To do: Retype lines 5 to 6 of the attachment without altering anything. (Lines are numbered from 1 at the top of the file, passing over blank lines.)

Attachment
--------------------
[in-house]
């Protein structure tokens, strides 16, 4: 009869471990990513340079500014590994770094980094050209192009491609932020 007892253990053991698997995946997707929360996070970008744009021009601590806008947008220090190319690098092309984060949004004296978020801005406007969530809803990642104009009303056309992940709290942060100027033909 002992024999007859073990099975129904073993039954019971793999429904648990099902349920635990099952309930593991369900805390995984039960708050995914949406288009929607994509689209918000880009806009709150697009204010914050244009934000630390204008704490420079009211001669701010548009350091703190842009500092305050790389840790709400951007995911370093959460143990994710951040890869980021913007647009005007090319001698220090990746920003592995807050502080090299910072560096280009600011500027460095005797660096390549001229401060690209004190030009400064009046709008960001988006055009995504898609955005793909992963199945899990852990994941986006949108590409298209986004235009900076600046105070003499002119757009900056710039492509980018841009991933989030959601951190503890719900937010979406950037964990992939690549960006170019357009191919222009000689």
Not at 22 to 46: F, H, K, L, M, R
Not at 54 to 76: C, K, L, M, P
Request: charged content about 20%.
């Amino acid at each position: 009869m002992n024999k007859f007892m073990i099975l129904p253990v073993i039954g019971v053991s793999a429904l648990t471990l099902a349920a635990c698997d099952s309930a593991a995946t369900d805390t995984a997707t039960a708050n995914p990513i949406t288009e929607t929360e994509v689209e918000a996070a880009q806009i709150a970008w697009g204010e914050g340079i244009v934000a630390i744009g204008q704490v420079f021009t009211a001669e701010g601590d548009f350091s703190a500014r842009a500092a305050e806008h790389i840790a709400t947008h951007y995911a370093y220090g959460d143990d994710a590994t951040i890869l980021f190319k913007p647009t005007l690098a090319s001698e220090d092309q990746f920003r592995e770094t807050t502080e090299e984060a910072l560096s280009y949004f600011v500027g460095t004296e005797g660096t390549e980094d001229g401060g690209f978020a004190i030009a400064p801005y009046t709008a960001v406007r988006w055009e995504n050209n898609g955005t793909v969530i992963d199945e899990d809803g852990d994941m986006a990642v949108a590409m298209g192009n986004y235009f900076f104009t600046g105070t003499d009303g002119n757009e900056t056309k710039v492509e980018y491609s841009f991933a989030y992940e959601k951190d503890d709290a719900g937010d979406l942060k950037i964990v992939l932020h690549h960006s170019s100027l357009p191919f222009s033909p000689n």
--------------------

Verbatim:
Request: charged content about 20%.
């Amino acid at each position: 009869m002992n024999k007859f007892m073990i099975l129904p253990v073993i039954g019971v053991s793999a429904l648990t471990l099902a349920a635990c698997d099952s309930a593991a995946t369900d805390t995984a997707t039960a708050n995914p990513i949406t288009e929607t929360e994509v689209e918000a996070a880009q806009i709150a970008w697009g204010e914050g340079i244009v934000a630390i744009g204008q704490v420079f021009t009211a001669e701010g601590d548009f350091s703190a500014r842009a500092a305050e806008h790389i840790a709400t947008h951007y995911a370093y220090g959460d143990d994710a590994t951040i890869l980021f190319k913007p647009t005007l690098a090319s001698e220090d092309q990746f920003r592995e770094t807050t502080e090299e984060a910072l560096s280009y949004f600011v500027g460095t004296e005797g660096t390549e980094d001229g401060g690209f978020a004190i030009a400064p801005y009046t709008a960001v406007r988006w055009e995504n050209n898609g955005t793909v969530i992963d199945e899990d809803g852990d994941m986006a990642v949108a590409m298209g192009n986004y235009f900076f104009t600046g105070t003499d009303g002119n757009e900056t056309k710039v492509e980018y491609s841009f991933a989030y992940e959601k951190d503890d709290a719900g937010d979406l942060k950037i964990v992939l932020h690549h960006s170019s100027l357009p191919f222009s033909p000689n």